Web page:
|Place of origin||United States|
|Created by||Harry Baker|
|Main ingredients||Flour, vegetable oil, eggs, sugar|
Its distinctive feature is that its recipe uses vegetable oil instead of the traditional fat that is solid at room temperature, such as butter or shortening. However, this makes it more difficult to directly beat air into the batter. Therefore, chiffon cakes, like angel cakes and other foam cakes, achieve a fluffy texture by having egg whites beaten separately until stiff and then folded into the cake batter before baking. Its aeration properties rely on both the quality of the meringue and the chemical leaveners.
A chiffon cake combines methods used with sponge cakes and conventional cakes. It includes baking powder and vegetable oil, but the eggs are separated and the whites are beaten before being folded into the batter, creating the rich flavor like an oil cake, but with a lighter texture that is more like a sponge cake. They can be baked in tube pans or layered with fillings and frostings.
The high oil and egg content create a very moist cake, and as oil is liquid even at cooler temperatures, chiffon cakes do not tend to harden or dry out as traditional butter cakes might. This makes them better-suited than many cakes to filling or frosting with ingredients that need to be refrigerated or frozen, such as pastry cream or ice cream. The lack of butter, however, means that chiffon cakes lack much of the rich flavor of butter cakes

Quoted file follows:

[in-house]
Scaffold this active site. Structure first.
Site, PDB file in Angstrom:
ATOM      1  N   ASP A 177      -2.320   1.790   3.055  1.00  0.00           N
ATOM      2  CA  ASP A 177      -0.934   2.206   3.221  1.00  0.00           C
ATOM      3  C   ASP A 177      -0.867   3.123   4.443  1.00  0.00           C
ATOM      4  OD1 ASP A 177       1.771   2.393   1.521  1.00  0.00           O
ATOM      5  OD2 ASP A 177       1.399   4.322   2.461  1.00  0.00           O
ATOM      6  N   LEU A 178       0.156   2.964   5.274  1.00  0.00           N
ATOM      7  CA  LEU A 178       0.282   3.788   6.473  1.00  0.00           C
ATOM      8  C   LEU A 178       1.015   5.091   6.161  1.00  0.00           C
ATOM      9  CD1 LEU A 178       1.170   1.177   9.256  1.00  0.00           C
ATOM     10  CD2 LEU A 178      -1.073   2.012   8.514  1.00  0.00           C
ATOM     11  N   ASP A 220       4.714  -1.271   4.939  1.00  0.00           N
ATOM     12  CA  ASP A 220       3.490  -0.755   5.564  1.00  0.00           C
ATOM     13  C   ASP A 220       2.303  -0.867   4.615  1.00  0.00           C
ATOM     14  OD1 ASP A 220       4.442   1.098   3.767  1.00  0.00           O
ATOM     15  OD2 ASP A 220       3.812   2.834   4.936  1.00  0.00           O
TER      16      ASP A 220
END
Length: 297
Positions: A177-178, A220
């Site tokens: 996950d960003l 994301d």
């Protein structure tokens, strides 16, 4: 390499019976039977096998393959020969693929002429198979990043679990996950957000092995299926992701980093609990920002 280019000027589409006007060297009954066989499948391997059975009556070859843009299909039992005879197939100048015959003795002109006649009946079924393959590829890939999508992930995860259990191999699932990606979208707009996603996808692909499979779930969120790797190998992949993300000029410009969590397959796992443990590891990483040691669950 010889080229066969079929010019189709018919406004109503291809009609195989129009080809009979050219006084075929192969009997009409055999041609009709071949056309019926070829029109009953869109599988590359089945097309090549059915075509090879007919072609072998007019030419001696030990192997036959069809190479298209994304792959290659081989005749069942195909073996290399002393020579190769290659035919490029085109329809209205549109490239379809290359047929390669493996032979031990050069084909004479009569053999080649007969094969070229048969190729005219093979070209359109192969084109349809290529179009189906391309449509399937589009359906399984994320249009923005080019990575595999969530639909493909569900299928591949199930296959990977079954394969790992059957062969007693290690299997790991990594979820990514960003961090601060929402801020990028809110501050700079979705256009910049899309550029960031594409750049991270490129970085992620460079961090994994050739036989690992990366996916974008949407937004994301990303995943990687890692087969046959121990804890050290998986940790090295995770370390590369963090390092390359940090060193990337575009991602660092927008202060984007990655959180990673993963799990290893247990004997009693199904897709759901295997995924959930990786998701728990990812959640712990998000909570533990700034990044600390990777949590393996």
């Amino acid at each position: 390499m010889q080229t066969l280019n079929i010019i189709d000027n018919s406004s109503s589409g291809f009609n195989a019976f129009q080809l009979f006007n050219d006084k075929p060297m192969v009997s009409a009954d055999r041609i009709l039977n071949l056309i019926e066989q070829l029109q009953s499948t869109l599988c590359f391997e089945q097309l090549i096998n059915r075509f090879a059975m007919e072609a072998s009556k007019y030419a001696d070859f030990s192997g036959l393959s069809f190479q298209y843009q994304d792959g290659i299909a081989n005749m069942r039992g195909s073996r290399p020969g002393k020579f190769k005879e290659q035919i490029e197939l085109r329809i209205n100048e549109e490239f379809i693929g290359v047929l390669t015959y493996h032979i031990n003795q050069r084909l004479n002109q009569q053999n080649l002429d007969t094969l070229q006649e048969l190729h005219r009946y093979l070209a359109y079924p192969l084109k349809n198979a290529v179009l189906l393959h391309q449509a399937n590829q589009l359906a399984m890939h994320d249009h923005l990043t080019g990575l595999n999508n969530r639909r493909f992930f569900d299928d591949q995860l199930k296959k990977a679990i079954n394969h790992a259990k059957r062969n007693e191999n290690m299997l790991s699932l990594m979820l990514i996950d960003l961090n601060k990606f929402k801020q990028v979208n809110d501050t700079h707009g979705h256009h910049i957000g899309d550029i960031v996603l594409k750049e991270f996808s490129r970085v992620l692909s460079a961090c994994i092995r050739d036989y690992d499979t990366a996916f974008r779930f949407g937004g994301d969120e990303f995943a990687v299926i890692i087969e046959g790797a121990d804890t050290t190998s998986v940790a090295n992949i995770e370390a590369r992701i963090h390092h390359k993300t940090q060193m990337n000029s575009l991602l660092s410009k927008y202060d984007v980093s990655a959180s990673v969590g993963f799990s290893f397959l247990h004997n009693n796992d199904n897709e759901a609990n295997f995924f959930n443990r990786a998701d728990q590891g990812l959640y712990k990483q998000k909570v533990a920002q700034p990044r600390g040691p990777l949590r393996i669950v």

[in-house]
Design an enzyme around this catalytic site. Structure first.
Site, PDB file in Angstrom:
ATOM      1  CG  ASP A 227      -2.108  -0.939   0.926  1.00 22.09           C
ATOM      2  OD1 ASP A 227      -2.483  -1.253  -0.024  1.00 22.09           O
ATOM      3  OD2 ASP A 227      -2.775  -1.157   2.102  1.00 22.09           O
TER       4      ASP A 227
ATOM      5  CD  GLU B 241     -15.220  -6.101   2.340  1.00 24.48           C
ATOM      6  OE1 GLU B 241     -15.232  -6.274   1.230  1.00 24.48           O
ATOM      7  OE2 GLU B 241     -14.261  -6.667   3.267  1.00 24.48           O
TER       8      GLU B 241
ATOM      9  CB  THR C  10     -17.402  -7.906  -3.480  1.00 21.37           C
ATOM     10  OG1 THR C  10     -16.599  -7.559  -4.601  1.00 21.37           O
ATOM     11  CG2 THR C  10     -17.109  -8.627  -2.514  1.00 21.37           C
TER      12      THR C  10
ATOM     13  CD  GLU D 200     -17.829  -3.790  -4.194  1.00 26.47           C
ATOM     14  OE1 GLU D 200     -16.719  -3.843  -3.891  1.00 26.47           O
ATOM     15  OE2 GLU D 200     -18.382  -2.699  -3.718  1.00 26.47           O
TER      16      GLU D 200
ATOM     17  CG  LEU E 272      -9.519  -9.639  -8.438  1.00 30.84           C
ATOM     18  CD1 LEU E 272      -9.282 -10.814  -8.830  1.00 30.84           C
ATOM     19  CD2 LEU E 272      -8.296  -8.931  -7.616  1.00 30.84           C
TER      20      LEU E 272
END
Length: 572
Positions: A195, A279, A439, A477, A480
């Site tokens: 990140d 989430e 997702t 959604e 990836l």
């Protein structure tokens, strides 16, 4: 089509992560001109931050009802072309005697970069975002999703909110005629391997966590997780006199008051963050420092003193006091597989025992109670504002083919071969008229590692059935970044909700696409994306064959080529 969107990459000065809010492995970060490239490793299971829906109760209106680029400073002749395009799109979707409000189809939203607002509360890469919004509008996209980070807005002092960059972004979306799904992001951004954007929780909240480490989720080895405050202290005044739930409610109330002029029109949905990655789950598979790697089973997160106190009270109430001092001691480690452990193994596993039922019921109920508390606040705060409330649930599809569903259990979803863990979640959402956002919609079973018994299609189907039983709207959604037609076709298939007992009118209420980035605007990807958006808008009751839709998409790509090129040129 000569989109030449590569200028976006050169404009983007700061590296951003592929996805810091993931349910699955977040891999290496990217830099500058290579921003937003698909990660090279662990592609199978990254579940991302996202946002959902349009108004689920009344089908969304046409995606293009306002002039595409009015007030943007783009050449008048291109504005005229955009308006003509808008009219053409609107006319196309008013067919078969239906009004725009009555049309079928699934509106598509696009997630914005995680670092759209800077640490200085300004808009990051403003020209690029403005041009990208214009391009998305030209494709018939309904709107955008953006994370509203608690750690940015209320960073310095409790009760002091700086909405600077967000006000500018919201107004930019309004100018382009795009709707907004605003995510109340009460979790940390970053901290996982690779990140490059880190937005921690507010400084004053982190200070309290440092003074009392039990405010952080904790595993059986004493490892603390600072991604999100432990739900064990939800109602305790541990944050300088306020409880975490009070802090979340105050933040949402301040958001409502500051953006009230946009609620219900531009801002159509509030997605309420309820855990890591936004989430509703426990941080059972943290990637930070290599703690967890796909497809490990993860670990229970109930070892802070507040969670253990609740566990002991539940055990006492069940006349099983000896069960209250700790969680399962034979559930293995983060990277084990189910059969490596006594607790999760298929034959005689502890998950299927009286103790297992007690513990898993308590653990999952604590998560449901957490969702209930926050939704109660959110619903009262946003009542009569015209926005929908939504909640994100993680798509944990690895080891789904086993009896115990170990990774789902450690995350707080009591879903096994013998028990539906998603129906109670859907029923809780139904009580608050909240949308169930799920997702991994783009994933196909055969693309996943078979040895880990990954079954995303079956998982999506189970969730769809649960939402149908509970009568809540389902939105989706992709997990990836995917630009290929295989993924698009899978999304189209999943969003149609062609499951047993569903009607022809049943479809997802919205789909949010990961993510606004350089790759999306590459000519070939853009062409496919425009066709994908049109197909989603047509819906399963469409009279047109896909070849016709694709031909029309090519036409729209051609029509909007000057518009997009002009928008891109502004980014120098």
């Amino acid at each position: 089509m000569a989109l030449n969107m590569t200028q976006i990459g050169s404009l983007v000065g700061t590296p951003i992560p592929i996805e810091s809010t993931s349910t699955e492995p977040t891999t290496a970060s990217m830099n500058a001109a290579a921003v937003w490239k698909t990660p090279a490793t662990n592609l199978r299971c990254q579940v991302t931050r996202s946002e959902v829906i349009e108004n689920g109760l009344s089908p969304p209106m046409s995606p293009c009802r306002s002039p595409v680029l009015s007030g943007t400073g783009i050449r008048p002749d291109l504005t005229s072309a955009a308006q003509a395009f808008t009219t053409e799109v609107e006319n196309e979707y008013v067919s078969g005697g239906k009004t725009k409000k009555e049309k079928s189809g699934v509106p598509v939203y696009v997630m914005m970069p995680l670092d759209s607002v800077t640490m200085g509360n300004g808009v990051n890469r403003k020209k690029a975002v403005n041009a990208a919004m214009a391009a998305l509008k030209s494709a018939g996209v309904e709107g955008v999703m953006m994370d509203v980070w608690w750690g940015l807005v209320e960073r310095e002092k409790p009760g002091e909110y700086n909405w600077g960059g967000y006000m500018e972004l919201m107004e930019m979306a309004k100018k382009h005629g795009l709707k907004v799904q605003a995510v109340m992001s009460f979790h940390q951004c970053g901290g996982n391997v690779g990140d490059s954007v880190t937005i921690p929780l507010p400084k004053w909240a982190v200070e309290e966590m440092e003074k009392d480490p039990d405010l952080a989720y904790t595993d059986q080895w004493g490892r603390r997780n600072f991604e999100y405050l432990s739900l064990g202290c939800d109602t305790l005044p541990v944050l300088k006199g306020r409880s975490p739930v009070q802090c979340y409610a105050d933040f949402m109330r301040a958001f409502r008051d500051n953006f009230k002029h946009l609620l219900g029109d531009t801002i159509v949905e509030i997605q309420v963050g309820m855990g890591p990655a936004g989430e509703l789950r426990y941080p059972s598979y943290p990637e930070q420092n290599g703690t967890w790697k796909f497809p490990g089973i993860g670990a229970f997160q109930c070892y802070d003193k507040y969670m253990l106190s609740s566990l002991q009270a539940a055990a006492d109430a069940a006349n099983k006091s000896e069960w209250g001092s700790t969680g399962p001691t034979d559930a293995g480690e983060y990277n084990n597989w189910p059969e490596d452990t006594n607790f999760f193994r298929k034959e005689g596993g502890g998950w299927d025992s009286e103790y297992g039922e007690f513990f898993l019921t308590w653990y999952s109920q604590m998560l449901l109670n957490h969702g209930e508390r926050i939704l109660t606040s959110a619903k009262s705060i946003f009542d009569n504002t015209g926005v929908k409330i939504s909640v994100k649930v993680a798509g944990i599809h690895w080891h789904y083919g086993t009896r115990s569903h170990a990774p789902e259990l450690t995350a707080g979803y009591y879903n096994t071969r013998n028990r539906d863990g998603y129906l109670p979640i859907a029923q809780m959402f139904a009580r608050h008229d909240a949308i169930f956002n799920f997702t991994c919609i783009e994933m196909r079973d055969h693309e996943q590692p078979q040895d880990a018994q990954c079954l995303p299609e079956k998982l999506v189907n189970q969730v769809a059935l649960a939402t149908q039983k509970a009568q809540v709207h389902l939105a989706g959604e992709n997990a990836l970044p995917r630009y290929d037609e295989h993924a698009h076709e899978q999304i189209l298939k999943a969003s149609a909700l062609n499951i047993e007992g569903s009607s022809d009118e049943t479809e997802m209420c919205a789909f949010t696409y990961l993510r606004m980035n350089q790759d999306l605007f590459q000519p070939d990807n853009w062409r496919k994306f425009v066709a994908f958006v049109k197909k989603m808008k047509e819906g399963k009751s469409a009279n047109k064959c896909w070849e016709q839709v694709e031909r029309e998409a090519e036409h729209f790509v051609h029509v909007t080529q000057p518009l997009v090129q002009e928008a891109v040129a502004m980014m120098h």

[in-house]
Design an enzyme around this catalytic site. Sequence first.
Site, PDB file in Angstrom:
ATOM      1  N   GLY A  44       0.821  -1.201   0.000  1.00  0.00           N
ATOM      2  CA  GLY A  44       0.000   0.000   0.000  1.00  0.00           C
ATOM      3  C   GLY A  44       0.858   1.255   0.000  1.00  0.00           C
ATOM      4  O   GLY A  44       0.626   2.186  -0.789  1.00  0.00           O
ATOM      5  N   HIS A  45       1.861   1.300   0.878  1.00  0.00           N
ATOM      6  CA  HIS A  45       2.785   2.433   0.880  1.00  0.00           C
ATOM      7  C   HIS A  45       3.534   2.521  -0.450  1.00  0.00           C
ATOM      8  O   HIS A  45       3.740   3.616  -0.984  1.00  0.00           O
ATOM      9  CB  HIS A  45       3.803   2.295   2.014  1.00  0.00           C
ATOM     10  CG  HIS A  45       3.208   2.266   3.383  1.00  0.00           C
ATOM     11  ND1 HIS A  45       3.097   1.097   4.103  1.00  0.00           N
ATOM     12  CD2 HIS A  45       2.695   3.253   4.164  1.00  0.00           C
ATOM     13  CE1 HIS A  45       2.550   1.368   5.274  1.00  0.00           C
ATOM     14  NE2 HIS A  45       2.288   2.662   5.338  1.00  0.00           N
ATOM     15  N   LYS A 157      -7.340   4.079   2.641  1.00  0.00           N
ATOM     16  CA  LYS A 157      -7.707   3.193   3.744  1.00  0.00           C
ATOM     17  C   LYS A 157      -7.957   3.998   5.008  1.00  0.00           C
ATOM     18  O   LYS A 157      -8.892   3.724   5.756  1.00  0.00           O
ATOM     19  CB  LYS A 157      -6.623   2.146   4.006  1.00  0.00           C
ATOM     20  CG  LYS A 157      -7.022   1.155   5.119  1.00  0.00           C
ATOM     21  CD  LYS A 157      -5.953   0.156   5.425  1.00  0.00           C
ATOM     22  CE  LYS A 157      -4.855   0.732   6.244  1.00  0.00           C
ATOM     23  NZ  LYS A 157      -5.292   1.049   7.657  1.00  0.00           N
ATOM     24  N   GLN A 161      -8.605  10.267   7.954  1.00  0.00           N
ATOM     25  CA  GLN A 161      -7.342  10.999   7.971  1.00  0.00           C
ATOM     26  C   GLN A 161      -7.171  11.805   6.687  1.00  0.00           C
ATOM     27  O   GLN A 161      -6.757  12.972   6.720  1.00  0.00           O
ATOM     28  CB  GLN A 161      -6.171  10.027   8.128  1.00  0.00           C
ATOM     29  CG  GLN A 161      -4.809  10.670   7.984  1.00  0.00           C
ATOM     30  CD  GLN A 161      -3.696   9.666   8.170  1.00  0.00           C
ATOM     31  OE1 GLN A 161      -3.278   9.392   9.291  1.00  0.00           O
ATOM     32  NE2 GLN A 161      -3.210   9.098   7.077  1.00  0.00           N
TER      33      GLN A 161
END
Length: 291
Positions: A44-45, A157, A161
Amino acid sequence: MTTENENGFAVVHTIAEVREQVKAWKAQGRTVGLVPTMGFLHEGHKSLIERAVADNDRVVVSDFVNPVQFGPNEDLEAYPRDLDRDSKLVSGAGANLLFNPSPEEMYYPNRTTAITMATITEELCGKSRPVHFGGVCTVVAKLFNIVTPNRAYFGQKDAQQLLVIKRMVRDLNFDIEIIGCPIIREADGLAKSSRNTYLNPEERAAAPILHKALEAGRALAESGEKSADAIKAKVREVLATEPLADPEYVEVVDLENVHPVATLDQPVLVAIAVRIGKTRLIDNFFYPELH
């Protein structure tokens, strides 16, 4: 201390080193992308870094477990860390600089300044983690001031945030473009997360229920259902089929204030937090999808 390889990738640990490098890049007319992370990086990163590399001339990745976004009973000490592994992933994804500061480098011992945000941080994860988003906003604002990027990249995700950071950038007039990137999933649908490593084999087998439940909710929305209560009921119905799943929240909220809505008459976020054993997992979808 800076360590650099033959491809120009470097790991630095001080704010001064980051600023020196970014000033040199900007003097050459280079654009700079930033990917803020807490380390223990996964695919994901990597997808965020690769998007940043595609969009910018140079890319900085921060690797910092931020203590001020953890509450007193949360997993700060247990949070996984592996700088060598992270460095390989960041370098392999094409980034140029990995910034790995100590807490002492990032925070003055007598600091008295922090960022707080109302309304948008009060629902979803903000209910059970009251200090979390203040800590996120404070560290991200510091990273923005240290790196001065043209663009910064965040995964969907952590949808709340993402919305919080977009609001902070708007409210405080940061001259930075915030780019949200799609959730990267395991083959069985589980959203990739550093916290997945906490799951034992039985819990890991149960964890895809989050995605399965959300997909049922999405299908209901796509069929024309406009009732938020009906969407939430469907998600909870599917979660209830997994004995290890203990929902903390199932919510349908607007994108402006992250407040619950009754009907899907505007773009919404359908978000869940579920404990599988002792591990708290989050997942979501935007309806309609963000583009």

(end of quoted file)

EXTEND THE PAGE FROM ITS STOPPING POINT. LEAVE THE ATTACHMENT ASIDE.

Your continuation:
The recipe is credited to Harry Baker (1883–1974), a California insurance salesman turned caterer. Baker kept the recipe secret for 20 years until he sold it to General Mills, which spread the recipe through marketing materials in the 1940s and 1950s under the name "chiffon cake", and a set of 14 recipes and variations was released to the public in a Betty Crocker pamphlet published in 1948.
In popular culture
- Media related to Chiffon cake at Wikimedia Commons